That’s where pet insurance comes in. Having a comprehensive policy can help you avoid financial difficulties when getting veterinary care for your pet. But is pet insurance really worth the premiums?
Pet Health Considerations
When your pet is young and healthy, paying pet insurance premiums may feel like throwing money into the wind. While it seems as though you’re shelling out your hard earned pay for something you’ll never use, many pets develop chronic and/or life-threatening conditions at some point in their lives.
You should go into pet ownership with the expectation that the overall cost of your pet’s health care will be spread out over time. It’s relatively inexpensive to take care of a young animal (the most you’re looking at is vaccines, sterilization fees, and annual vet visits), but caring for complications that develop over time — such as obesity, skin allergies, gastrointestinal problems, orthopedic issues, and cancer — can easily result in thousands of dollars of veterinary bills.
You also need to consider accidental injuries — and accidents can happen at any time in a pet’s life. Though most of the money I’ve spent on my lab mix’s care has been for hip dysplasia, my beagle mix has been treated for a broken toe (got caught in the fence), cuts to her face (she went through a window after a squirrel) a split lip (she caught a different squirrel and it fought back), and an overnight stay for accidentally ingesting the contents of an albuterol inhaler.
Simply put, you will be spending plenty of money for veterinary care throughout your pet’s life.
What To Know Before Purchasing Pet Insurance
Pet insurance usually comes in different levels of coverage. Each plan’s premium is based on how much coverage you choose — which means that the more comprehensive the coverage, the higher the cost will be. Unless you choose a wellness plan add-on, pet insurance will not cover well-pet services like sterilization, vaccines, annual bloodwork, or dental cleanings. However, it’s important that you get this preventative care for your pets (whether you choose to have it covered or not) as that’s when veterinarians usually find the first signs of serious illness.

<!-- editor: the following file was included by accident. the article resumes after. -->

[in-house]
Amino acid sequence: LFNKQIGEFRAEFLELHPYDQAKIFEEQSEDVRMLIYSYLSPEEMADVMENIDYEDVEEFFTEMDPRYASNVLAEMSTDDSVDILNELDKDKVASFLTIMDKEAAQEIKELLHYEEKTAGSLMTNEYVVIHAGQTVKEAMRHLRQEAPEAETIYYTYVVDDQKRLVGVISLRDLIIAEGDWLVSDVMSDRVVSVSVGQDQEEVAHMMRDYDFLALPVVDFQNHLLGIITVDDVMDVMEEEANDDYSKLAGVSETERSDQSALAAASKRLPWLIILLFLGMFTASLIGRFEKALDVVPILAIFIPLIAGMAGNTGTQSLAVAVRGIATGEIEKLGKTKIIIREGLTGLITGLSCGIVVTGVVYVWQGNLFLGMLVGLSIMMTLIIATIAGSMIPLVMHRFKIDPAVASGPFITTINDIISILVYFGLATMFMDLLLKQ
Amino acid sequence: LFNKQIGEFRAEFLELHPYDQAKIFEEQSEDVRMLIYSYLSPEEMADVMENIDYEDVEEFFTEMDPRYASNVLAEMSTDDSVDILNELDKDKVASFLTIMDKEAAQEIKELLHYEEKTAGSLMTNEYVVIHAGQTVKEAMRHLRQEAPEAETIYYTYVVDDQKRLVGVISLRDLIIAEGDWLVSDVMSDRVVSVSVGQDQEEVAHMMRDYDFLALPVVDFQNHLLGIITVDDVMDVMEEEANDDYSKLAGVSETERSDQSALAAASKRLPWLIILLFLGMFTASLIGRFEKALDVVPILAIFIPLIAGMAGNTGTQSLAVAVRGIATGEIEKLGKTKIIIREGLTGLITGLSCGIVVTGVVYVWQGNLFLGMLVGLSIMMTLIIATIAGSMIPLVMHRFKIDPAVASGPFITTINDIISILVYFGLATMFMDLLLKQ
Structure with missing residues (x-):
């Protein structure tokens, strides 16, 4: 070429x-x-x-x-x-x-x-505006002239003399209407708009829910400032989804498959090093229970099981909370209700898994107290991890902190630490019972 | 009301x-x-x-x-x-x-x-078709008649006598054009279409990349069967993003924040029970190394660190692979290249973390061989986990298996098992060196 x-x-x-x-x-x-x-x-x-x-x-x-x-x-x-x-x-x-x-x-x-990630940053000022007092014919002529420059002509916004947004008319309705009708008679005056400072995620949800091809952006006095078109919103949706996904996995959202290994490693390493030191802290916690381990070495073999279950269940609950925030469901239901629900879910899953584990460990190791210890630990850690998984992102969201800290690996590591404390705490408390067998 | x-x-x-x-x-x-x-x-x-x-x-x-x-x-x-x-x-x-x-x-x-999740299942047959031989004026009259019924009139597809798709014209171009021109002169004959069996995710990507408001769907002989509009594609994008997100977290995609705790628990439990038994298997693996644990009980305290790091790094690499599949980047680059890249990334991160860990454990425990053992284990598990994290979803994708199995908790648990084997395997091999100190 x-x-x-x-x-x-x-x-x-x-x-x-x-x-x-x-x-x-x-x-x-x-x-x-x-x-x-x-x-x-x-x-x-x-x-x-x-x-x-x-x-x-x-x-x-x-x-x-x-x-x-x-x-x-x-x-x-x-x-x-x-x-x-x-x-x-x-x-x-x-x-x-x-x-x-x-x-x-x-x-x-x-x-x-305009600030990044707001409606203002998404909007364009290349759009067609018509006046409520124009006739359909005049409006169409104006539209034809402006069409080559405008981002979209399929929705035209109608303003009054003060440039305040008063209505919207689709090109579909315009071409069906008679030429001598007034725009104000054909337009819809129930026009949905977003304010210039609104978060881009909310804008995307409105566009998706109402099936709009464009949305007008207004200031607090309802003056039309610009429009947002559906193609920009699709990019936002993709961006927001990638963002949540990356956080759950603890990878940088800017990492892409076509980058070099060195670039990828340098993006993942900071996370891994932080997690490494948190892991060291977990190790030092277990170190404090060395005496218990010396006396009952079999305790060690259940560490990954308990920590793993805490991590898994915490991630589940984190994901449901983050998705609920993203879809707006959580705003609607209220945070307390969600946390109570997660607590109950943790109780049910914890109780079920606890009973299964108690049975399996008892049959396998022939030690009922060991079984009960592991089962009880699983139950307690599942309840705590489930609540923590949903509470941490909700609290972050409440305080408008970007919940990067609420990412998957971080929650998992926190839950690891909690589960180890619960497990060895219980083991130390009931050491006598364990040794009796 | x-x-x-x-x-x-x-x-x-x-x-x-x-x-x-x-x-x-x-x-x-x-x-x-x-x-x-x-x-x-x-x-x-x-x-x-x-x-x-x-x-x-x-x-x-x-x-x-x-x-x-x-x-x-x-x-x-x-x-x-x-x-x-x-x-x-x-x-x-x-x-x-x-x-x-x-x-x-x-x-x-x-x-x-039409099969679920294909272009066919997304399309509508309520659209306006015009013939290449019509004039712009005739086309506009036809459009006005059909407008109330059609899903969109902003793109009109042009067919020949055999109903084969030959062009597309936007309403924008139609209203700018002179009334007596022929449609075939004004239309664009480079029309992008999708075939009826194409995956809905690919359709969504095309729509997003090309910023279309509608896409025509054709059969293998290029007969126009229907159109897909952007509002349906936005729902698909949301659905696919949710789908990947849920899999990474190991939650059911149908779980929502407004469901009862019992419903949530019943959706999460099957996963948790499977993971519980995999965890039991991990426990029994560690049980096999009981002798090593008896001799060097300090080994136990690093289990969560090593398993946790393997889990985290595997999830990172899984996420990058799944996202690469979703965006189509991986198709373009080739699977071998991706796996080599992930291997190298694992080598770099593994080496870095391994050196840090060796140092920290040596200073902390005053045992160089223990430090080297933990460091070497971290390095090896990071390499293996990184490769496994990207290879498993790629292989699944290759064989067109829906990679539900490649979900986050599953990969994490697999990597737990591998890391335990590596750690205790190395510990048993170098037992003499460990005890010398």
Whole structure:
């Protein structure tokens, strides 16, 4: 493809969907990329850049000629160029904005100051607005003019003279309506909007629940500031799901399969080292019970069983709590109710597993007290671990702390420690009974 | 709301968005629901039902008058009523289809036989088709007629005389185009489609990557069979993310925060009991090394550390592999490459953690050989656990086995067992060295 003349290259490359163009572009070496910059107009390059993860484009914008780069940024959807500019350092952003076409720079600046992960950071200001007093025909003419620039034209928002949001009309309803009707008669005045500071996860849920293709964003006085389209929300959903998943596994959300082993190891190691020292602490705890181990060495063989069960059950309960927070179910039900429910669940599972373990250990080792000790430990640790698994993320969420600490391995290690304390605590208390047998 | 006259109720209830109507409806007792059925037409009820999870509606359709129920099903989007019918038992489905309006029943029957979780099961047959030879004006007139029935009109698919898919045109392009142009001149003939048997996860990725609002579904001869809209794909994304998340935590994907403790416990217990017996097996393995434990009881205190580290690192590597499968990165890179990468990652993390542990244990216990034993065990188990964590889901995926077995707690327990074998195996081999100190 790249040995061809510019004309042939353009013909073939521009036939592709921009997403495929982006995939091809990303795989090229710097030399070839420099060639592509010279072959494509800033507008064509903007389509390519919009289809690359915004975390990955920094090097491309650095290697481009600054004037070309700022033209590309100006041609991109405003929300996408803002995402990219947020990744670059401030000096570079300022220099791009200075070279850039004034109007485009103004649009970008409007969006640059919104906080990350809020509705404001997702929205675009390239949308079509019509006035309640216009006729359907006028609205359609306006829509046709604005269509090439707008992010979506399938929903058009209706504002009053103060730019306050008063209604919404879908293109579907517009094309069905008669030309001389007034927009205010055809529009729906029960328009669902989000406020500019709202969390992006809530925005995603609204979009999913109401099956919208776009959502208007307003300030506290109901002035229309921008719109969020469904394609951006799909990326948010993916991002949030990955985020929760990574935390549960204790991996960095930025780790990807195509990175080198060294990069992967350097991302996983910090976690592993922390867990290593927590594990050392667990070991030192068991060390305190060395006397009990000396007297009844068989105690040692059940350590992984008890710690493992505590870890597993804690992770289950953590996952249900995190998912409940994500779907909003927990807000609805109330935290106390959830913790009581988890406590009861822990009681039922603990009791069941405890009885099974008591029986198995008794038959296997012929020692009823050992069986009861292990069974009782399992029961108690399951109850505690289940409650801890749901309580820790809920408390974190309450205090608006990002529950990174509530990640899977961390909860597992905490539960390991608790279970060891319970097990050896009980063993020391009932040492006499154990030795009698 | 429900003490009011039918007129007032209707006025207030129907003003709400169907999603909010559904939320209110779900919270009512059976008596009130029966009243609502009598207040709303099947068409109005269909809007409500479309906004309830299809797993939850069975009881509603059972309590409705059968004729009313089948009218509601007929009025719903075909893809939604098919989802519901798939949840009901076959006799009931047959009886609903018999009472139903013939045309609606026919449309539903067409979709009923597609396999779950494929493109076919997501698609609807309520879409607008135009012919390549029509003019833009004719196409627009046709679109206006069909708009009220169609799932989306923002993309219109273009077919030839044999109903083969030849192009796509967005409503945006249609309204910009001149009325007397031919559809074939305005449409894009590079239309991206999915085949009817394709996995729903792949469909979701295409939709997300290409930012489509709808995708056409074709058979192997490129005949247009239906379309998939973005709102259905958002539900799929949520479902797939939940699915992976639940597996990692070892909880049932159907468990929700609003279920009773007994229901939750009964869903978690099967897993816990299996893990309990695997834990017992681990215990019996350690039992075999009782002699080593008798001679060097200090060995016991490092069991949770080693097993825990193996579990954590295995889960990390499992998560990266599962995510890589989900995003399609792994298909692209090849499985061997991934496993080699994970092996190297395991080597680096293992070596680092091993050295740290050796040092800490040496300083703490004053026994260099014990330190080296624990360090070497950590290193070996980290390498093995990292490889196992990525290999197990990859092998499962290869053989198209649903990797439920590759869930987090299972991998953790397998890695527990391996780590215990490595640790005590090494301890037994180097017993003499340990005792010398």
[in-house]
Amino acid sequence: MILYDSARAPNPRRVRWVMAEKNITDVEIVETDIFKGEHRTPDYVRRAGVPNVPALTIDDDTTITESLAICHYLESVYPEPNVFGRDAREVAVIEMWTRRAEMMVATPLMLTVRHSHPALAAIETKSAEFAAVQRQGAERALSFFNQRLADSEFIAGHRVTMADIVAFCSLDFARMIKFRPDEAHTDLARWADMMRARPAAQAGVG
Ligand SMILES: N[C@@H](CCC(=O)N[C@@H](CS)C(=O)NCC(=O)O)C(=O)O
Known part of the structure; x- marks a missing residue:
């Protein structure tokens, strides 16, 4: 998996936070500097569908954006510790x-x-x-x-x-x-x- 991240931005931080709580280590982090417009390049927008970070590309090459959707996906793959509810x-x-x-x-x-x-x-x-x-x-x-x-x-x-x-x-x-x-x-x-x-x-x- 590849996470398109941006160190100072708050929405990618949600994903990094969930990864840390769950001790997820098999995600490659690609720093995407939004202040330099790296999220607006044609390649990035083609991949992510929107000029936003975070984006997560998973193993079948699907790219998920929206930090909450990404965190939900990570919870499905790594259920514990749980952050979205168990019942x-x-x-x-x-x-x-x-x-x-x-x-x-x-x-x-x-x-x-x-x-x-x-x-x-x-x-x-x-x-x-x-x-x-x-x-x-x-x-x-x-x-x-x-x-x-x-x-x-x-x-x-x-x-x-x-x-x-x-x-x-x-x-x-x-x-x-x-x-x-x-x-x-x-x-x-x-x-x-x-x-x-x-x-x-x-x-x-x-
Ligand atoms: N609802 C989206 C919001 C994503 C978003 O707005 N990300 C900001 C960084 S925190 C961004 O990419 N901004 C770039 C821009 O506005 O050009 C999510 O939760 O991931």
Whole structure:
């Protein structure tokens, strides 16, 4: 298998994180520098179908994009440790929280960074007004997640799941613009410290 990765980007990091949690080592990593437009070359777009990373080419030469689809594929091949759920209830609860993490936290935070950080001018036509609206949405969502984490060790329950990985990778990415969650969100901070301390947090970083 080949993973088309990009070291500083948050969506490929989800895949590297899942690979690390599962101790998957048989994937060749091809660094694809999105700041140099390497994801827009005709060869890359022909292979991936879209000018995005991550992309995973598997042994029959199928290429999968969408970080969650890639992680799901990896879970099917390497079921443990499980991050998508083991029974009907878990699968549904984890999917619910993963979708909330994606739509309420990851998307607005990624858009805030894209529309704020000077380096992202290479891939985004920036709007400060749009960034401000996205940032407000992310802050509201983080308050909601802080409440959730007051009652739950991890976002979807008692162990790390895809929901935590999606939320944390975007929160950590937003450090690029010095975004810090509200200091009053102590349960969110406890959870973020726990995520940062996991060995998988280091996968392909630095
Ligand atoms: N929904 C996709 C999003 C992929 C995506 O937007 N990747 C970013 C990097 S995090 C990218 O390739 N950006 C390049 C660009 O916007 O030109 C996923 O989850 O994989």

Much like human insurance, it’s incredibly important you understand each policy and know exactly what is (and is not) covered. Ask about specific illnesses, injuries, and procedures. Ask what might cause your premium to rise, or your coverage to be canceled. Will your policy cover if your dog bites someone, or will you have to rely on your homeowner’s insurance for that? What’s covered in terms of pre-existing conditions?
And remember, you will still need to pay all vet bills up front, as pet insurance works through reimbursement. It’s a good idea to have money set aside in case of an emergency.
Whether or not pet insurance is truly “worth it” is different for everyone and every pet. Like all forms of insurance, it’s a gamble. You might buy an insurance policy for your dog or cat and never use it — or, you might find it amazingly helpful if you face even one major medical issue. No one wants to have to crowdfund veterinary bills while worrying whether or not their pet will recover.
Rather than viewing pet insurance as a way to save money, think of it as a savings plan for the veterinary bills you will inevitably encounter. It’s a “peace of mind” thing — it allows you to focus on the safety, health, and happiness of your pet without worrying about what it will cost. There’s no way to predict what illnesses or injuries might befall your cherished pet, which is why for many pet owners, knowing they have a safety net makes the premiums more than worth it.